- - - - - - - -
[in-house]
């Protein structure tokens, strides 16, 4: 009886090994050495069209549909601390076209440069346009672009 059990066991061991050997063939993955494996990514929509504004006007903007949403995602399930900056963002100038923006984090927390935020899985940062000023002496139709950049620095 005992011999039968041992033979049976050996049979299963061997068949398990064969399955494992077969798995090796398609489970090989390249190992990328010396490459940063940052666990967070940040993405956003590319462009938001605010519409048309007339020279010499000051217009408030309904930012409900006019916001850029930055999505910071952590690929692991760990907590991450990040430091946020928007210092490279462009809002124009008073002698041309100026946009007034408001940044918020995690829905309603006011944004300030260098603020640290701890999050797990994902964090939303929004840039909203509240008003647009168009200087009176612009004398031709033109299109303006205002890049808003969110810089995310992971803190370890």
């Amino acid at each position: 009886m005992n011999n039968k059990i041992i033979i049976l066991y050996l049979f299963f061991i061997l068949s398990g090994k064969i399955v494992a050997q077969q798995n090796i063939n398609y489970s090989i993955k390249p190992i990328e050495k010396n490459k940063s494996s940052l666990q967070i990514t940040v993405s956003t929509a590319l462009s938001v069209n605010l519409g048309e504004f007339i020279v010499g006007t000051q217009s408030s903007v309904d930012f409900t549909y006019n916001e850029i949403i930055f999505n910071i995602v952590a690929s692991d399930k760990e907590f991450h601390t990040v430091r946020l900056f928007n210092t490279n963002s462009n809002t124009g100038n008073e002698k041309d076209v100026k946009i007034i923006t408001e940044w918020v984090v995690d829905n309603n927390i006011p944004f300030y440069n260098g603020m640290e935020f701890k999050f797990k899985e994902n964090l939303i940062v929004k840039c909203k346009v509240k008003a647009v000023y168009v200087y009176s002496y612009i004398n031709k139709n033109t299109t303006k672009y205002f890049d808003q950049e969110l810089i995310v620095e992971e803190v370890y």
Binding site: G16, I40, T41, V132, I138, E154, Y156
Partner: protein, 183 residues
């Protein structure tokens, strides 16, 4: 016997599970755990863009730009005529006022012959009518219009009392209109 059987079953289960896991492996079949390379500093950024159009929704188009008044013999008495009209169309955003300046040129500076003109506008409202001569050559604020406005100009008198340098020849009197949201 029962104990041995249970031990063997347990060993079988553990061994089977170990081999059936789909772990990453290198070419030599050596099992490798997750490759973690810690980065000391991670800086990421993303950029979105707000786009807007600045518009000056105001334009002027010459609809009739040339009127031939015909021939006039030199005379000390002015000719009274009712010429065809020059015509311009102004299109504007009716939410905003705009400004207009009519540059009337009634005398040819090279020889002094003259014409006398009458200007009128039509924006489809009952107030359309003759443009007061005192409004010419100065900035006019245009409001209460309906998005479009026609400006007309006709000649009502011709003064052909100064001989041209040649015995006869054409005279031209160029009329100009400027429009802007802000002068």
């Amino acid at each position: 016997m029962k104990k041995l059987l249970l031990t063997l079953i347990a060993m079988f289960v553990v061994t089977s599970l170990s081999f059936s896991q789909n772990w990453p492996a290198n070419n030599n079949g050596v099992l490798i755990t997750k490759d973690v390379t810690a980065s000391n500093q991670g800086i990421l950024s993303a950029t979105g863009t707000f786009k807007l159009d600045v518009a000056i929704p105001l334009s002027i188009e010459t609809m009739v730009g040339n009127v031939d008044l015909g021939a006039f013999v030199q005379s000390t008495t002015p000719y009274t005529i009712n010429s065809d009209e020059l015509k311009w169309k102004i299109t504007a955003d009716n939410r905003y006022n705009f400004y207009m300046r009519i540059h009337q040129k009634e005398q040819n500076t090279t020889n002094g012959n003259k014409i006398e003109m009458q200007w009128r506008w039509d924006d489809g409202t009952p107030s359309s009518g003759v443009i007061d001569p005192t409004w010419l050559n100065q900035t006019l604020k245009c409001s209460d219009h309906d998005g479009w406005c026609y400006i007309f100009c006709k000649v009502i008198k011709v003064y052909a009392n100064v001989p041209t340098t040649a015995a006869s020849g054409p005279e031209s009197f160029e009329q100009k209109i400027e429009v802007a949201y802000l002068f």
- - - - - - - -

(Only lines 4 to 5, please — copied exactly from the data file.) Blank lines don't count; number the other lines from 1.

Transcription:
Binding site: G16, I40, T41, V132, I138, E154, Y156
Partner: protein, 183 residues